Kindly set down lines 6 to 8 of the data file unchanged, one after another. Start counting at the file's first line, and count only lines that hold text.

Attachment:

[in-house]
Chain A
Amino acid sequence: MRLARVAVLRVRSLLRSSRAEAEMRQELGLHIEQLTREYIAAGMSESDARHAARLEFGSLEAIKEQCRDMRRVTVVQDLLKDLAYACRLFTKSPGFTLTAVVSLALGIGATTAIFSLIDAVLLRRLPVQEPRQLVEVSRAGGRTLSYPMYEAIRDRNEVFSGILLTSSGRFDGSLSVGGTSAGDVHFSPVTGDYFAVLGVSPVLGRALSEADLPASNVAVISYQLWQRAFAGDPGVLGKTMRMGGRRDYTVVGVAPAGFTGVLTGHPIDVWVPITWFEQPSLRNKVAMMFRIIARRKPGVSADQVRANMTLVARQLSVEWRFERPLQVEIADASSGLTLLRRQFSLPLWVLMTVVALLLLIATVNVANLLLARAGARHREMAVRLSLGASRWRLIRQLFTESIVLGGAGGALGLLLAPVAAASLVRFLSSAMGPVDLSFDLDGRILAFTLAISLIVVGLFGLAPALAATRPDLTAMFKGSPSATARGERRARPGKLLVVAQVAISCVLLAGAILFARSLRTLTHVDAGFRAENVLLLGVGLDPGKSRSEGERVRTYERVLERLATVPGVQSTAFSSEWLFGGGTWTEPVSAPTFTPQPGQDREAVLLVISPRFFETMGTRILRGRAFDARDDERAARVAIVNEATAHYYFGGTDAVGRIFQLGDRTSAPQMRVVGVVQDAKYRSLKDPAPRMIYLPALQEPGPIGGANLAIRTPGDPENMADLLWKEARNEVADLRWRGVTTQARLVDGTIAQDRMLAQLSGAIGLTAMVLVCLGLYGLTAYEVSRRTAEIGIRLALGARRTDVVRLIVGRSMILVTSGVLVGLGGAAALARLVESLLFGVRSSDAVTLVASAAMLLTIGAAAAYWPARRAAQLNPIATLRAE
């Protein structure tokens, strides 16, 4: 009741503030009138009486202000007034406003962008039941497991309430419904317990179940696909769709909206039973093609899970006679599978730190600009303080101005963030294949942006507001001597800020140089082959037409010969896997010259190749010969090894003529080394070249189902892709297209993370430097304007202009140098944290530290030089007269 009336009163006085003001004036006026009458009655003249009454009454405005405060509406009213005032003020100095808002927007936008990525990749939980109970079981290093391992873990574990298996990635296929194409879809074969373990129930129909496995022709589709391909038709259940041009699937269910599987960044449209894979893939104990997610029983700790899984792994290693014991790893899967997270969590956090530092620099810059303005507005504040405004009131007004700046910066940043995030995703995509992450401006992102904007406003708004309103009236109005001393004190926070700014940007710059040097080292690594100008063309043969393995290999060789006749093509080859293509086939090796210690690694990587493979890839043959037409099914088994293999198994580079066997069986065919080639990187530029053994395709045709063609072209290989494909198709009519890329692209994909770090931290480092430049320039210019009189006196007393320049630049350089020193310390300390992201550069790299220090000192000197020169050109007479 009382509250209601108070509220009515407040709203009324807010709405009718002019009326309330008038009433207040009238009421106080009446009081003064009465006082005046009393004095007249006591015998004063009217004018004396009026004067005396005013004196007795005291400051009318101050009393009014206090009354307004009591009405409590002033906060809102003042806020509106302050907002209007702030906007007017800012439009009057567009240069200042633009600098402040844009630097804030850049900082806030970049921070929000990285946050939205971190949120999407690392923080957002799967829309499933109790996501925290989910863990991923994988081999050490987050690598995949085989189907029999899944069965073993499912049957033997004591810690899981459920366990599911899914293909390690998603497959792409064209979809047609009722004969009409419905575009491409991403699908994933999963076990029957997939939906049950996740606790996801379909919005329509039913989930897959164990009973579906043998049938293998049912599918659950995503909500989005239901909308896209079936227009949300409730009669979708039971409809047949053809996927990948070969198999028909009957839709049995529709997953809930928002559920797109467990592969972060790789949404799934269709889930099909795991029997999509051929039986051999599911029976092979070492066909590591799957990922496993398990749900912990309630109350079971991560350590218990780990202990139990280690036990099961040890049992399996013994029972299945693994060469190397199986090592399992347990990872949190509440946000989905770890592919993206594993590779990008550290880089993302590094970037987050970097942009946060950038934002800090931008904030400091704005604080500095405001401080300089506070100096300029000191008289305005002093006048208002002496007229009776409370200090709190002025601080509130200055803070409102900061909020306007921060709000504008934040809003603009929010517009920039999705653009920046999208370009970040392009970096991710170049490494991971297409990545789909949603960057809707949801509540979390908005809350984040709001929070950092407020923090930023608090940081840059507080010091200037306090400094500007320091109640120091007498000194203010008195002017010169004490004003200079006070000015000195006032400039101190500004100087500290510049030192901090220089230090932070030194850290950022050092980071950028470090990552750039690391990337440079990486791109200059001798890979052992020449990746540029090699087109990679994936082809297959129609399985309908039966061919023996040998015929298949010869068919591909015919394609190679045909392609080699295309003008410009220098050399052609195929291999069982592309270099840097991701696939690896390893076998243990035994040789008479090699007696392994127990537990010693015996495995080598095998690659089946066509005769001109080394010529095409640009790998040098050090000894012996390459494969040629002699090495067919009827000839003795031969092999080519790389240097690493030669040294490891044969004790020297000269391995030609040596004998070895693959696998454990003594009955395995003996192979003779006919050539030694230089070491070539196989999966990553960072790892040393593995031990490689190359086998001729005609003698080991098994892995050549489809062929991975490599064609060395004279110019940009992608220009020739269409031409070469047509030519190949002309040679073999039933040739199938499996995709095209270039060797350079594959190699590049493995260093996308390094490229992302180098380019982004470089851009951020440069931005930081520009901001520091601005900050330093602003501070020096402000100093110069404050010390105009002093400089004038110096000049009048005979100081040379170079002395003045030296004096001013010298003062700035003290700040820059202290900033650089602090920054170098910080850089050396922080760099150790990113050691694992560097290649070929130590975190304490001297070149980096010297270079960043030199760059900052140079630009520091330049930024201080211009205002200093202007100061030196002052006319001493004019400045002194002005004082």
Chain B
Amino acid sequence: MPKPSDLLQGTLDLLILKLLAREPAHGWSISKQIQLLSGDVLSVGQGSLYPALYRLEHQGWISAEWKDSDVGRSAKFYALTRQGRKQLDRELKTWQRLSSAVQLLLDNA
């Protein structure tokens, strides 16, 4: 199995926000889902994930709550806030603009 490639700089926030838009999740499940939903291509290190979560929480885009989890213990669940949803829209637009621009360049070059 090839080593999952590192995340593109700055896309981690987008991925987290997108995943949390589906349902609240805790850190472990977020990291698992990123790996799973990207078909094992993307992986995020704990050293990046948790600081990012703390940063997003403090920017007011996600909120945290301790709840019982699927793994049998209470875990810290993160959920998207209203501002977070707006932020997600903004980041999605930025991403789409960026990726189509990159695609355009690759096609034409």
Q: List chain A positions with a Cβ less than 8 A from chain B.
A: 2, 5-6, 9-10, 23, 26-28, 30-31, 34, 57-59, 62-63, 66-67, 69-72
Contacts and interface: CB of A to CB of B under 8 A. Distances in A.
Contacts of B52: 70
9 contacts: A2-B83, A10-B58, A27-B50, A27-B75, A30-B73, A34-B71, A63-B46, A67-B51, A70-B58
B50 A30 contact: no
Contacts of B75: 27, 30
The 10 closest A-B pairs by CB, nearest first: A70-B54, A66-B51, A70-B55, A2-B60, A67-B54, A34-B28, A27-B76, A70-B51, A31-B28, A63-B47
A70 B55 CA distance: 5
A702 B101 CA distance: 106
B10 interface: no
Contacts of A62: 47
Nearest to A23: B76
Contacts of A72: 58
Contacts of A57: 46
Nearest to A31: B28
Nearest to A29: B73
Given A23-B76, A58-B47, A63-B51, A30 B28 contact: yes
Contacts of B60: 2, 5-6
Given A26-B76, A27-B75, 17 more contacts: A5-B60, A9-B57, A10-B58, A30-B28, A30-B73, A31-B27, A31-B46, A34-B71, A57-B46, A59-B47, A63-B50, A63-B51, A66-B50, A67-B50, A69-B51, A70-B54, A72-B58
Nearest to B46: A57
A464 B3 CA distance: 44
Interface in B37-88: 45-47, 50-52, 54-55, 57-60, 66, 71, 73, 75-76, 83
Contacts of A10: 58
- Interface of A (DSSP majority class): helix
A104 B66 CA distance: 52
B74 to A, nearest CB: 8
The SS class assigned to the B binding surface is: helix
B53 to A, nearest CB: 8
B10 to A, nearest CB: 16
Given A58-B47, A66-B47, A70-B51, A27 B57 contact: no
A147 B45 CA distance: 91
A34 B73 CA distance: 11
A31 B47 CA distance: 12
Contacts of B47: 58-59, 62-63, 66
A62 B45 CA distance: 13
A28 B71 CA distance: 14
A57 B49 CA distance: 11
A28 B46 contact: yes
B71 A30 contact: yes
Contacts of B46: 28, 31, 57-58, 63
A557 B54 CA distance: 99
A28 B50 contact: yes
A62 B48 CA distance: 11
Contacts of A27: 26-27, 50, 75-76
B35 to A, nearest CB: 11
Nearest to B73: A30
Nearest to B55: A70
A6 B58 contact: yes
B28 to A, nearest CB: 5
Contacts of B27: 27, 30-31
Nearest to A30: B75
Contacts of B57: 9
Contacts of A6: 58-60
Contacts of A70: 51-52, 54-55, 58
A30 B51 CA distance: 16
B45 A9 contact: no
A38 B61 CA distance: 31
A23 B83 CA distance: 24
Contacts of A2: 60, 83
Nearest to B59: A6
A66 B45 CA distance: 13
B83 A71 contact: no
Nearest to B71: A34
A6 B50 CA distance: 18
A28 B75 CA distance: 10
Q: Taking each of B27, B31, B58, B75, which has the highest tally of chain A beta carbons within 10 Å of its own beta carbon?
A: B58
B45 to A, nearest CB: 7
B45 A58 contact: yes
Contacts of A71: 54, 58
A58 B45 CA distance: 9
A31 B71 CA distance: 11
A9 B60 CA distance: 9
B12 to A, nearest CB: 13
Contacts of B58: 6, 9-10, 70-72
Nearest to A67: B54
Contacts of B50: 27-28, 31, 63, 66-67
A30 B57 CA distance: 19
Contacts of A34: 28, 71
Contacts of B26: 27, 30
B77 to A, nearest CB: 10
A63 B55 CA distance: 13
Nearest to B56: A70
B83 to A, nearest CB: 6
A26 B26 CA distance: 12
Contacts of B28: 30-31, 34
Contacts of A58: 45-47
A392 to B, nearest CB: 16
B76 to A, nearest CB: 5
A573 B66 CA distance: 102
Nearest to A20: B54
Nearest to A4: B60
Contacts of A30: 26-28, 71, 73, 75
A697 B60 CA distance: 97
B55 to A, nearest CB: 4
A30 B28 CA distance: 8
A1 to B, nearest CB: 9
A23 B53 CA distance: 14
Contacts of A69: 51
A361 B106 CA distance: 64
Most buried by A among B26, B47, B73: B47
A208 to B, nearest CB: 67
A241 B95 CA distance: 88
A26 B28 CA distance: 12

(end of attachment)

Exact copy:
Amino acid sequence: MPKPSDLLQGTLDLLILKLLAREPAHGWSISKQIQLLSGDVLSVGQGSLYPALYRLEHQGWISAEWKDSDVGRSAKFYALTRQGRKQLDRELKTWQRLSSAVQLLLDNA
């Protein structure tokens, strides 16, 4: 199995926000889902994930709550806030603009 490639700089926030838009999740499940939903291509290190979560929480885009989890213990669940949803829209637009621009360049070059 090839080593999952590192995340593109700055896309981690987008991925987290997108995943949390589906349902609240805790850190472990977020990291698992990123790996799973990207078909094992993307992986995020704990050293990046948790600081990012703390940063997003403090920017007011996600909120945290301790709840019982699927793994049998209470875990810290993160959920998207209203501002977070707006932020997600903004980041999605930025991403789409960026990726189509990159695609355009690759096609034409």
Q: List chain A positions with a Cβ less than 8 A from chain B.